Too young to vote?

7 Sep 2012

There are currently 1.5 million sixteen and seventeen year olds denied the right to vote.

Recently, there has been a lot of debate on the political stage as to whether sixteen and seventeen year olds should be allowed to vote in general elections and although the youth of today are often described in patronising, if not downright rude, jargon- there are many young people who would jump at the chance to vote for their Government.


Many say young people don't have enough life experience to be able to vote, how much more life experience do you need than waiting for weeks to see your GP; not being able to afford new school uniform because of austerity measures or having their school turned into an academy because of government policy? A prime example of this is the current Government policy to raise tuition fees to £9,000 per year: if the sixteen and seventeen year olds of the time of the 2010 election had been able to vote, would this policy have destroyed their chance of getting elected? Would they have made policies that would be more inclusive to the younger generation? Maybe, we can't be certain but as it stands many are being put off the idea of getting a degree and heading straight for the workplace; but, with a struggling economy where the unemployment toll gets higher every day, was it really an ingenious idea or was it, indeed, a disastrous mistake? 

‘‘Young people do not know enough about politics’’. True, it needs to be tackled. In a society where certain sixteen and seventeen year olds can't even name the incumbent prime minister, something needs to be done. 'Citizenship' (the word every teenager dreads to see on their timetable) needs to be made more exciting, but at the same time more informative of topical stories that affect young people in the world, general elections and why you should be involved. Young people need to be aware of the options they face when voting so we do not create generations of abstainers because ‘they’re all the same’, ‘I didn’t know who to vote for’ or ‘I don’t care about politics’. We are currently comprehending the lowest turnout figures in general elections ever post World War II and party membership being at its lowest point since the turn of the 20th Century: something needs to be tackled at the lowest level possible: the answer? Sixteen year olds.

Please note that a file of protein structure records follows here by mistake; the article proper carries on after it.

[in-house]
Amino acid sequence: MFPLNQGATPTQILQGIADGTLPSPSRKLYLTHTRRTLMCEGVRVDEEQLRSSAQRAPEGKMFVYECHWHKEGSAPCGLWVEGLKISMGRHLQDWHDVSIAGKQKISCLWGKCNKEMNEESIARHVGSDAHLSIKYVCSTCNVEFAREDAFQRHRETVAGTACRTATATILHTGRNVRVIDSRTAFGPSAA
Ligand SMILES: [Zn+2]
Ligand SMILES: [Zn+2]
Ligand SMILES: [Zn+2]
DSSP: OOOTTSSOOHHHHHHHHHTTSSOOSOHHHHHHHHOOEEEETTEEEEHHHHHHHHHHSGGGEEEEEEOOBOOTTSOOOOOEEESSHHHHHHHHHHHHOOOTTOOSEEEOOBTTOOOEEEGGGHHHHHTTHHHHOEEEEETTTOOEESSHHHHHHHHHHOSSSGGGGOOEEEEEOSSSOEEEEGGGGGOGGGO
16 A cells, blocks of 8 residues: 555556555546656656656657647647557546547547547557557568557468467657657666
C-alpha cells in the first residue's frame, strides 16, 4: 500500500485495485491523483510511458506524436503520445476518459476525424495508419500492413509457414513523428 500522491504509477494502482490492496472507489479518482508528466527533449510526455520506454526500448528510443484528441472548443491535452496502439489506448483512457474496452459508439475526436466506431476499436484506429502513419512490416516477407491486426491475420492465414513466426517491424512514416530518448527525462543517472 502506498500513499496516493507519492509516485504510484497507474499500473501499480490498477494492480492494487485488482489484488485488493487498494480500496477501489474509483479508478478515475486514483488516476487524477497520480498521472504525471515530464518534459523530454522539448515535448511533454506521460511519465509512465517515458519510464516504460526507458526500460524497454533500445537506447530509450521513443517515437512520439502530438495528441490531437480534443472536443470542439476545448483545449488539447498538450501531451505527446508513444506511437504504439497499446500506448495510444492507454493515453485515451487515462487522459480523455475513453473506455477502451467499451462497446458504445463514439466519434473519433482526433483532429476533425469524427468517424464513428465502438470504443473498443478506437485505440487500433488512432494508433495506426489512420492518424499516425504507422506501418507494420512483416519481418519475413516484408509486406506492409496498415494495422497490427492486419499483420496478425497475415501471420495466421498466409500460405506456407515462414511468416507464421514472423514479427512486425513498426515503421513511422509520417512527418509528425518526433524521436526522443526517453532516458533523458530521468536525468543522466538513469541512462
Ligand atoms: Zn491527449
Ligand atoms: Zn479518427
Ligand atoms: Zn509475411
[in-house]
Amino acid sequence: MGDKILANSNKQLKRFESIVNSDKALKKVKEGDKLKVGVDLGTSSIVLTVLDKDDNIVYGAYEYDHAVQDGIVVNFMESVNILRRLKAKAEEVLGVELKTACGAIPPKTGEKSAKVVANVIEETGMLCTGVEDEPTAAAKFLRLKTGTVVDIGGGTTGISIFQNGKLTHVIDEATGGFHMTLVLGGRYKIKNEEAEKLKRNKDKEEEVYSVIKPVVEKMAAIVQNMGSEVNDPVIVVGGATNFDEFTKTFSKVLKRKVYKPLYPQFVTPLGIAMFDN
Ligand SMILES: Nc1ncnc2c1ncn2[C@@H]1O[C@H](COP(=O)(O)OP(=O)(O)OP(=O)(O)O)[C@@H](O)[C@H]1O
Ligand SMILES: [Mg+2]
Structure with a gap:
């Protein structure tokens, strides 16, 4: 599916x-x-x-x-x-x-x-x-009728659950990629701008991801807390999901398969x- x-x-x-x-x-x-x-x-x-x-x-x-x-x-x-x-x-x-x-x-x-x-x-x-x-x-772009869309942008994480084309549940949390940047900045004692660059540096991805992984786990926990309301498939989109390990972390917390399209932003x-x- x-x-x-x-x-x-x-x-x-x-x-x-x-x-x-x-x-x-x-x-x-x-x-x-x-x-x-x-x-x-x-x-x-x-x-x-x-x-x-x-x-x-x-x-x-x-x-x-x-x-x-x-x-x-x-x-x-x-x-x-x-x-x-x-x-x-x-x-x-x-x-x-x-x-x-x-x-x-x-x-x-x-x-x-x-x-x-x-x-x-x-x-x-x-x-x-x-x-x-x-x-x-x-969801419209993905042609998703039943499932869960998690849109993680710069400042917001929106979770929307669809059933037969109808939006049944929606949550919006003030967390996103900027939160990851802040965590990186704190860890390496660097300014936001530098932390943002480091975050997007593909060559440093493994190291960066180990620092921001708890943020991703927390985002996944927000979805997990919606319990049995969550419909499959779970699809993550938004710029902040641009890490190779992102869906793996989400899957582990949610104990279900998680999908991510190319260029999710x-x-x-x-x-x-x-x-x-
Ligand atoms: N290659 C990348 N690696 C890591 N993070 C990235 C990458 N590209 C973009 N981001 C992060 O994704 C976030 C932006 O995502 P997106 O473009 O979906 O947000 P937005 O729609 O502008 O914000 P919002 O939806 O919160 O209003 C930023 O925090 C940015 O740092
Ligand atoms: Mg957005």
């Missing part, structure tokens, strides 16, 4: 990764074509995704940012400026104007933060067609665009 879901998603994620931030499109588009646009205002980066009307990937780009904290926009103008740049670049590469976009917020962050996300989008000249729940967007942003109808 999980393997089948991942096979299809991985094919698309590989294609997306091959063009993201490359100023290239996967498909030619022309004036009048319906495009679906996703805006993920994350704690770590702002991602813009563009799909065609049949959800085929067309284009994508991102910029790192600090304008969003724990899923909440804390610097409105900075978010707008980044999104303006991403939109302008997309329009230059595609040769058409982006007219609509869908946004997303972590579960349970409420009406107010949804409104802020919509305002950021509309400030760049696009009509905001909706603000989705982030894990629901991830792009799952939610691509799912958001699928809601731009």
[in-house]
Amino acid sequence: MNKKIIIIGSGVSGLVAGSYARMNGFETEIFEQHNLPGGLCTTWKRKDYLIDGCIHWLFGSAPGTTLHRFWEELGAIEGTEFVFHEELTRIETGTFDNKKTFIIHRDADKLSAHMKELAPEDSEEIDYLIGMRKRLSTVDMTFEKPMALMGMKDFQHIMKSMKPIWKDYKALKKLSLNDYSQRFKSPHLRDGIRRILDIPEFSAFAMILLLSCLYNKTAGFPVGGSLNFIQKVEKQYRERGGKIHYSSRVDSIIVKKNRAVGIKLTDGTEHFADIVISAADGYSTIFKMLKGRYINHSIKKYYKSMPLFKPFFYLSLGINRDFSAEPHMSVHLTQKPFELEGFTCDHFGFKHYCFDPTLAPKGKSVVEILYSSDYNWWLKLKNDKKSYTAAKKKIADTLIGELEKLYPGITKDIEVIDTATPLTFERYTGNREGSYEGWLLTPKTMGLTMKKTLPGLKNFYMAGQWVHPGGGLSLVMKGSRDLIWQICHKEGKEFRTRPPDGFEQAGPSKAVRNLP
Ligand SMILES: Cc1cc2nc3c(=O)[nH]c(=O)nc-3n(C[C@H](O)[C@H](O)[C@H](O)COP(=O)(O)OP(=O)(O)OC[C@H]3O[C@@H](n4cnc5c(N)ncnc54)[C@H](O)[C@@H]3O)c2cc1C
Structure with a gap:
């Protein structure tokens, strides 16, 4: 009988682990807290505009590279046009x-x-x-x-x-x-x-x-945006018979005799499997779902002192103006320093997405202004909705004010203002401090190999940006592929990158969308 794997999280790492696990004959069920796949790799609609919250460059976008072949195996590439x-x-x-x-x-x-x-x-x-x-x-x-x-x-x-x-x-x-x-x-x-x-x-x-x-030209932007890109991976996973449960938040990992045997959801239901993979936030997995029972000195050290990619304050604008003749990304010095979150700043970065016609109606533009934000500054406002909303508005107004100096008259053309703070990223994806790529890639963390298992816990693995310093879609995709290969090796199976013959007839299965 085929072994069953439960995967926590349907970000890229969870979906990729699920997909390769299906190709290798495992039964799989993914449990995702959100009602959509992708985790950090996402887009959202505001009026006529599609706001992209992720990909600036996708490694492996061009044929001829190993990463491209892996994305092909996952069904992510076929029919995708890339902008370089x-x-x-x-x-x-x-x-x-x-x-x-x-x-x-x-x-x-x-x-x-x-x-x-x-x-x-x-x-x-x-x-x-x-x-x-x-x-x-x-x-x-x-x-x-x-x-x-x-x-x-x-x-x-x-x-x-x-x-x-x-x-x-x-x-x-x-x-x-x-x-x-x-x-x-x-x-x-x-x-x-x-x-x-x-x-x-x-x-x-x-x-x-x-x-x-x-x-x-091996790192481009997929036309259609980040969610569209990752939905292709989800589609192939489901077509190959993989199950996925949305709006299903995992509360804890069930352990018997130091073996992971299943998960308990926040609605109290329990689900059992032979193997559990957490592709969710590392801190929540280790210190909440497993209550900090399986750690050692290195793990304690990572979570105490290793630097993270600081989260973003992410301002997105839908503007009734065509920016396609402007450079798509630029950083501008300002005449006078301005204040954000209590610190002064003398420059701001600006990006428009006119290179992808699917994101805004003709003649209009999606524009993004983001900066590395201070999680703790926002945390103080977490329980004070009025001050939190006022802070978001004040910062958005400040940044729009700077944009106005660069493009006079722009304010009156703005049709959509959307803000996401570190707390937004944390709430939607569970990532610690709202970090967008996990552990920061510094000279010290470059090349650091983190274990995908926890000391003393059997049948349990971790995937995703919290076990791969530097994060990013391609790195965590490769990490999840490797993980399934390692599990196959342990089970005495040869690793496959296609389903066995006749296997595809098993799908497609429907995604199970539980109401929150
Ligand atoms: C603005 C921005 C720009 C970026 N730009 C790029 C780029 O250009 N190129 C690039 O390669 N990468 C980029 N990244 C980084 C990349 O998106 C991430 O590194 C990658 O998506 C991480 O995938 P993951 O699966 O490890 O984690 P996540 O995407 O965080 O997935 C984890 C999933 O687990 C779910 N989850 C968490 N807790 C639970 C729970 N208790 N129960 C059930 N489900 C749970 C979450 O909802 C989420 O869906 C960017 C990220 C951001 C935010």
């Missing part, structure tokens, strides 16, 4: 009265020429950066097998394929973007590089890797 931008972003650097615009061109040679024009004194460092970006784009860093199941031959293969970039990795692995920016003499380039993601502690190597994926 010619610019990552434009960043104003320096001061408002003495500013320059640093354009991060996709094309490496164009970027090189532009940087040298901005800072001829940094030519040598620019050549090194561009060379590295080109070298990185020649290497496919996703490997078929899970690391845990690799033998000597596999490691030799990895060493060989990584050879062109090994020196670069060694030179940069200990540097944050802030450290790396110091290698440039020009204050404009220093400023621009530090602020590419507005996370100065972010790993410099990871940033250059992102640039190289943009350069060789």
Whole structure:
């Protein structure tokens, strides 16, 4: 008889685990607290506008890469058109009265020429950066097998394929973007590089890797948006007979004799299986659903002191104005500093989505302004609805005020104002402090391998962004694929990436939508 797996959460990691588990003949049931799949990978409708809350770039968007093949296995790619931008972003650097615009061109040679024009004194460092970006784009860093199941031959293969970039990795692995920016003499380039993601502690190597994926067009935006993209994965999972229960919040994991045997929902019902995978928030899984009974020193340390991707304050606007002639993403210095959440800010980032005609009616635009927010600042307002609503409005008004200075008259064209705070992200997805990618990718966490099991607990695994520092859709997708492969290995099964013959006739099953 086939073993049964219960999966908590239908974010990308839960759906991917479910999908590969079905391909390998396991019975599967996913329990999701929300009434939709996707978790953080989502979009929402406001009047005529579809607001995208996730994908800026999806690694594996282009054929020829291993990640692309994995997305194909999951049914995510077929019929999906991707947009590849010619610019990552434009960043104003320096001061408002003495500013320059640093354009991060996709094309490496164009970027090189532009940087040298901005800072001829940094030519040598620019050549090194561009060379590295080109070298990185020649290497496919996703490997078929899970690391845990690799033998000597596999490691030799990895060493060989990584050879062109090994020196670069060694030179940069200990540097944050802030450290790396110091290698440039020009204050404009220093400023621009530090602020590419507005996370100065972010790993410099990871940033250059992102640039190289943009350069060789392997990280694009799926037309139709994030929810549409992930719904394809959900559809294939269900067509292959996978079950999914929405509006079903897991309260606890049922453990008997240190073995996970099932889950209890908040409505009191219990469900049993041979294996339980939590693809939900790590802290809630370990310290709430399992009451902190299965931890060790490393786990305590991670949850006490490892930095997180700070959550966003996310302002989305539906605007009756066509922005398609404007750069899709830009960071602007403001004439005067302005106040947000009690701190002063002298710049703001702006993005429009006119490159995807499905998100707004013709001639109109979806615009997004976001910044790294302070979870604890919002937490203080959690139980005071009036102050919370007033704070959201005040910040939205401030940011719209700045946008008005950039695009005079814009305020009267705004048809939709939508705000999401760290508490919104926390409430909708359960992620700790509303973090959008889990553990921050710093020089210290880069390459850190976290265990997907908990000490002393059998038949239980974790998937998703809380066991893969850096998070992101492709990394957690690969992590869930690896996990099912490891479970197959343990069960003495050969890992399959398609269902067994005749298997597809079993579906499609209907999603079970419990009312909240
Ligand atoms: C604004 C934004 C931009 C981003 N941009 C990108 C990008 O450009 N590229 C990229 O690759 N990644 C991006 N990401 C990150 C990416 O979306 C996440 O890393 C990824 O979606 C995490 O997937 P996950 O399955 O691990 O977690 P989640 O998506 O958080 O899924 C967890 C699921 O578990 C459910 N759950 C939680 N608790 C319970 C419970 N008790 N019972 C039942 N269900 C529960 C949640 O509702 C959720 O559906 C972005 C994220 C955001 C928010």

If young people feel they can interact and take an interest in current affairs we will develop better thinkers for the future- after all, one of today's sixteen or seventeen year olds may well be the prime minister in the next thirty or forty years. If sixteen and seventeen year olds are allowed to vote, it will lead to them wanting to find out more about their options when it comes to deciding how this country is run by asking their parents, teachers and peers. Even though they may be influential, isn’t it the culture we grow up in that ultimately sways our political stance? By becoming more interested in politics, young people will start listening to politicians and (granted this is not always reliable) forming their opinions on what they say their party will do if they get elected into government (even if it is not always the case) The argument of unawareness is also invalid because in this country we have ignorant forty and fifty year olds- who don’t vote, won’t vote and can’t vote, but they are still eligible to vote, yet when the issue surrounds young people, it is age that matters.

Young people are currently suffering from a ‘double standard’ society where they are eligible to pay adults fares on public transport, eligible to pay income tax and even eligible to join the army yet they are not allowed to vote in a general election where Governments can amend these ages at will. 

What kind of society allows sixteen year olds to sleep with their MP, move in with their MP and marry their MP but doesn't allow sixteen year olds to vote for them?

There are many organisations that back the Votes for 16 campaign, including the British Youth Council, Scottish Youth Parliament and National Union of Students. It may even be debated at this year’s United Kingdom Youth Parliament (UKYP) annual House of Commons debate. If you feel that this needs to be debated on 23rd November 2012 and want it to become UKYP’s national campaign of 2012 and you are 11-18, fill out this ballot paper (, ticking the corresponding box with David Hall as the Member of Youth Parliament and the London Borough of Greenwich as the local authority- your voice matters just like the currently silent 16 & 17 year olds.

By David Hall

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